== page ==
Anais Mitchell at Isis Music Hall (Asheville, NC – October 4, 2014)
It takes a certain kind of chutzpah for a songwriter prized for their digestible — if remarkably poetic and often downright literary — songs, to open a well-attended show with a six-and-a-half-minute centuries-old Scottish folk ballad. Then again, if any singer-songwriter making their way around the folk circuit these days can get away with this, it’s Anais Mitchell.
Saturday night, Mitchell took the stage at the historic Isis Music Hall — where the sound is impeccable for these sorts of shows, mind you — and opened with “Willie o’ Winsbury” from her 2013 EP Child Ballads, a collaboration with Jefferson Hamer. But, even without Hamer’s dexterous guitar solos and dangerously tight harmonies present at this show, Mitchell’s delivery of the traditional song was exquisite. She has a well-proven knack for walking onstage, directly into the zone of empathy and emotionalism that drives so many of her musical narratives; such that, even when she’s solo-performing songs she wrote and recorded with a collaborator or an ensemble cast in mind (as with selections from Hadestown), nothing is lacking in the performance.
This night, there were several tunes from Hadestown — Mitchell’s impressive post-apocalyptic working-class folk opera interpretation of the Orpheus myth, which was released in 2010 with Justin Vernon (Bon Iver) singing the role of Orpheus, Mitchell as Euridyce, Greg Brown as Hades, and Ani DiFranco as Hades’ wife. Since that recording, Mitchell has traveled the U.S., putting on several performances of the opera, using singer-songwriters from the local and regional music scenes in the towns where the tour has taken her. She noted that she’s hoping to create a full stage production of the piece in the months (or perhaps years) ahead. It remains one of the most stunning creative accomplishments to emerge from the contemporary folk singer-songwriter world in recent years, so I personally look forward to seeing the full production come to fruition.
But, in addition to re-introducing many of the Hadestown tunes, Mitchell opened up the floor to requests early on, delivering “Old Fashioned Hat” and “Cosmic American” as though she were practiced and prepared for both. Mentioning she wrote both for the same man, years apart, she told how she and he — and their baby Ramona — are touring the country in the family SUV. This explained the somewhat random disconnectedness of much of the set list, not that lack of set list flow really put a damper on things. The songs stand on their own, no matter where you put them.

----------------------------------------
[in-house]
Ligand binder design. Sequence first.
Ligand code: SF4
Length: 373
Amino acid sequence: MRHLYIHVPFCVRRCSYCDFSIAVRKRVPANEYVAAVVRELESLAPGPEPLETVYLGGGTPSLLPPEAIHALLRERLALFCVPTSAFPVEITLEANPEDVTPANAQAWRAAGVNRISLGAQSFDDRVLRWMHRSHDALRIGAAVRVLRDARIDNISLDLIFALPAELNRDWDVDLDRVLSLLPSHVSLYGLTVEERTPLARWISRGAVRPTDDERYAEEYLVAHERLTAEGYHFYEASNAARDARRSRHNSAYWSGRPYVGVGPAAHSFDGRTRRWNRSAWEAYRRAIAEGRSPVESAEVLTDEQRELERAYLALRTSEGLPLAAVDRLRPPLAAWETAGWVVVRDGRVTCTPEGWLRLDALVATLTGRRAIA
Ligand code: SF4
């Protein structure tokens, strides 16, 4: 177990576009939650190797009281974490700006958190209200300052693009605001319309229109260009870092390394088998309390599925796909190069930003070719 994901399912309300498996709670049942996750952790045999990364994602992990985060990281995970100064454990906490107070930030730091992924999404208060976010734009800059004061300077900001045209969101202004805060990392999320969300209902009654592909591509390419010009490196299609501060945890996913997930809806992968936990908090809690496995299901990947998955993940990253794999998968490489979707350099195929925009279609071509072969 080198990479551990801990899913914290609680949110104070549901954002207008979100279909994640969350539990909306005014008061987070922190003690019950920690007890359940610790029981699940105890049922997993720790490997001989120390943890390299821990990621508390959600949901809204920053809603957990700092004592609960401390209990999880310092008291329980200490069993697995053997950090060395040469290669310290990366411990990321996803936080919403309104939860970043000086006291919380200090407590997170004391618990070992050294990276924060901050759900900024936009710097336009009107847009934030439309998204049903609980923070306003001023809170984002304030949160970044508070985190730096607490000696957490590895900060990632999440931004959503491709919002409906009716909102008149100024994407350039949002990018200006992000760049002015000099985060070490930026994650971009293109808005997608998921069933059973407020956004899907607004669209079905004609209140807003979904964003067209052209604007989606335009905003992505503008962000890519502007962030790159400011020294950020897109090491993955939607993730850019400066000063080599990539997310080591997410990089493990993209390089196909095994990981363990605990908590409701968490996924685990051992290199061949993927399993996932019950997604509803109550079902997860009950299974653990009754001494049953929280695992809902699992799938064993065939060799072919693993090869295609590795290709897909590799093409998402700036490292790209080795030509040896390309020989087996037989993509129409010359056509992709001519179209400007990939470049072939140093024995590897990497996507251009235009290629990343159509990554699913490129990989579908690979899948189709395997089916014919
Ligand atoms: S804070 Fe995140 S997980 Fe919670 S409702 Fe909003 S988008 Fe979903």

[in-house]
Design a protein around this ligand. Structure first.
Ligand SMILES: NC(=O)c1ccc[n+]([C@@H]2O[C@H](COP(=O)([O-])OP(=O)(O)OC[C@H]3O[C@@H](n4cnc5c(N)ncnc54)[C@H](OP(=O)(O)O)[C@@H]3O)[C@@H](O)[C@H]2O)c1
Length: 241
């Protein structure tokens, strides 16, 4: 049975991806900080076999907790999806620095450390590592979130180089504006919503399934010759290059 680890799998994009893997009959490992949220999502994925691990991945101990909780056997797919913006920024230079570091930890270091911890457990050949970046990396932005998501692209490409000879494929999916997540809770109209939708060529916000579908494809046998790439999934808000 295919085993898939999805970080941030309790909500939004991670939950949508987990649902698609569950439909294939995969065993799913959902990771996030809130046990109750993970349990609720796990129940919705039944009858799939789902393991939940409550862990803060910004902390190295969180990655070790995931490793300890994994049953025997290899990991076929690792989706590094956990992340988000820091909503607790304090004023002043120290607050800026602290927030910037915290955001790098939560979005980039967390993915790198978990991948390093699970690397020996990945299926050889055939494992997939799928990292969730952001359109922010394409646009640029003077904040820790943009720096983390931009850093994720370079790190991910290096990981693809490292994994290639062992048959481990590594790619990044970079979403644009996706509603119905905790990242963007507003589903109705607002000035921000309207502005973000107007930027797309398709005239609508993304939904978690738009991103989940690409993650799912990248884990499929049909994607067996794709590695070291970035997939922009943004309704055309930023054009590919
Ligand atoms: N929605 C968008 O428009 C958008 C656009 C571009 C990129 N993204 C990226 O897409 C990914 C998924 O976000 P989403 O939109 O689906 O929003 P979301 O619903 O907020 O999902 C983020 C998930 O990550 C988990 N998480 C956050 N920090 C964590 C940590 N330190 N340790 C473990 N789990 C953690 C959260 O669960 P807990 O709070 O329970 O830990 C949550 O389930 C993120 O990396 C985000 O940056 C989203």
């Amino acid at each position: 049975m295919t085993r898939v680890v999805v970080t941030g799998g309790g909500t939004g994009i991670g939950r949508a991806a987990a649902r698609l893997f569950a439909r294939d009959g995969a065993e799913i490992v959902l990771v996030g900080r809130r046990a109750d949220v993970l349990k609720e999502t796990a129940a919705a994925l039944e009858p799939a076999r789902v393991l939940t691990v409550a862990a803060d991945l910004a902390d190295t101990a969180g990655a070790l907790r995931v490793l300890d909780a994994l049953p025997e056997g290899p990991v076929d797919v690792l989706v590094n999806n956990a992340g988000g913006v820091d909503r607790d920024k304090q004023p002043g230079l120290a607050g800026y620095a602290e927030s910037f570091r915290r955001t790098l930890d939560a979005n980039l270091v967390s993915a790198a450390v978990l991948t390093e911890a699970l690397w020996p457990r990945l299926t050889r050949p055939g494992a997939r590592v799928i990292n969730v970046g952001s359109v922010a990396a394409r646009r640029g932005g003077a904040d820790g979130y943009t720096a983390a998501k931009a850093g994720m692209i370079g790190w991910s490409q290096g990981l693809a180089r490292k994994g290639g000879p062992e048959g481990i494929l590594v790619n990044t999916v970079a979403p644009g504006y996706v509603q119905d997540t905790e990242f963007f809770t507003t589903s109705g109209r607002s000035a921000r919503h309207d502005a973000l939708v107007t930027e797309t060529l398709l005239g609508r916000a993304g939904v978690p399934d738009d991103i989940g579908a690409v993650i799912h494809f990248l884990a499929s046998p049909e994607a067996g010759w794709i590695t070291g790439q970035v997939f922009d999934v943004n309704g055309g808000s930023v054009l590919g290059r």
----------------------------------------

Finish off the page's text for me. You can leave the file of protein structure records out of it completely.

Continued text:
Songs and stories, that is. “Shepherd” and “Young Man in America” (the latter, the title rack of 2012’s remarkable album of the same name) was based on her father’s poetry. “Tailor” — a simple but intense heartbreak tune that leads its narrator from lovesick immersion to self-deprecation, to self-awareness — was originally intended to be a song about the oil industry, inspired by the film There Will Be Blood, of all things.
Though Mitchell delivered from across her several recordings (including from xoa — the solo-acoustic, somewhat informal, greatest-hits-style recording she made with Gary Paczosa, which released this week), the most resonant moment of the night was her delivery of “Two Kids,” from her 2004 album Hymns for the Exiled. During college, Mitchell spent a semester studying in Cairo, hanging out in Tahrir Square before it was known worldwide as the launching place for the Arab Spring. She traveled to Syria with a friend, where she met a Syrian poet who wanted to collaborate with her. She told him she wanted to write a song from the perspective of two children — one American and one Iraqi — to shed a light into the humanity of the Iraq war. He wrote her an extensive poem in the dialect of an Iraqi village just across the border from Syria. She took one verse from his poem and turned it into this arresting tune, which holds new meaning now, as Syria’s own story of unrest and upset unfolds by the day:
Anais Mitchell music, tour dates, and other info is available at her website.